Ancestors and break the chains we’ve been carrying since we were taken
From our African Empires to work for the stripes and stars that have
Held us down for centuries.
I’ve finally started writing.
Storm Lee, 19
Community College of Baltimore County
Gather round, we’re here to talk about Ferguson
Ferguson heard of sin from those who serve to defend
So why do they keep hurting our men?
Hurting our friends, it hurts to pretend
Like everything is alright when the hurt is within
Oh, but don’t let me get a gun, put that hurt into them
Cause that’s wrong, right? Like ain’t no value in us?
I put my life inside your hands, you took my value of trust
How can I ever feel safe when your values corrupt
And what’s worse, I’m young and black, court won’t put up a fuss.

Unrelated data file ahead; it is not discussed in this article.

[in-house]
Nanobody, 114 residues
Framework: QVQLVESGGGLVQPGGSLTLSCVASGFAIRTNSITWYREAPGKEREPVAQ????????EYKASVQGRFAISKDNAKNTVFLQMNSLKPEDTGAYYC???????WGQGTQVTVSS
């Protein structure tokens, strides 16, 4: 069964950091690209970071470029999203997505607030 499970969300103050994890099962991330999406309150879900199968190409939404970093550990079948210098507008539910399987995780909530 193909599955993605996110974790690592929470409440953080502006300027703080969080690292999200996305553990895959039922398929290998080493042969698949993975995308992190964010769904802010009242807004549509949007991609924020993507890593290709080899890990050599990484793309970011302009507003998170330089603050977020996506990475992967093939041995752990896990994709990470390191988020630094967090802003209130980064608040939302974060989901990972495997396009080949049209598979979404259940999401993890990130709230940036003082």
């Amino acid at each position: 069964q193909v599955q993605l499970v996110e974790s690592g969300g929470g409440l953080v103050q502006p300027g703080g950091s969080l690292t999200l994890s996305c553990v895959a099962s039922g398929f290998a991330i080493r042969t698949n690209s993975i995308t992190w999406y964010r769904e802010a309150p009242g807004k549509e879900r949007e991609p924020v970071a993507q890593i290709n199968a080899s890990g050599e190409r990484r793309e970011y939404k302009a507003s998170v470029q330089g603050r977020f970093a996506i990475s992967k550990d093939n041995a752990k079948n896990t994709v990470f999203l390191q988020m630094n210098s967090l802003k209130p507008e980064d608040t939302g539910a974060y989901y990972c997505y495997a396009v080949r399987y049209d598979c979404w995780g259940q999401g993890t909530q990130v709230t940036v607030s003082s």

“Sigh.” I could’ve become a doctor at best
Save the life to save a life, cops lost the memo I guess
He lost a brother, she lost a friend they can’t ever get back
If justice isn’t served, how long in peace can we rest?
Terrell Kellam, 19
Morgan State University
Bitten by the teeth that tear
Left to die without a care.
These are the souls they cry for.
These are the souls they cry for. The souls that were
Young who no longer run
Who lie beneath soiled expressions.
Kyemah Clark, 17
The Bryn Mawr School
she delicately and intricately paints the
rose pink polish on each of my toes.
She adorns me with her wisdom, beauty,
and everything to make me a better
piece of humanity in this huge ass
puzzle of confusion in the world.
All people cannot see this. All people cannot
witness this. All people cannot fathom the
minute moments of serenity and common
appreciation when they see a mother painting her daughter’s toes.
Maybe they cannot see because they are blind and basic.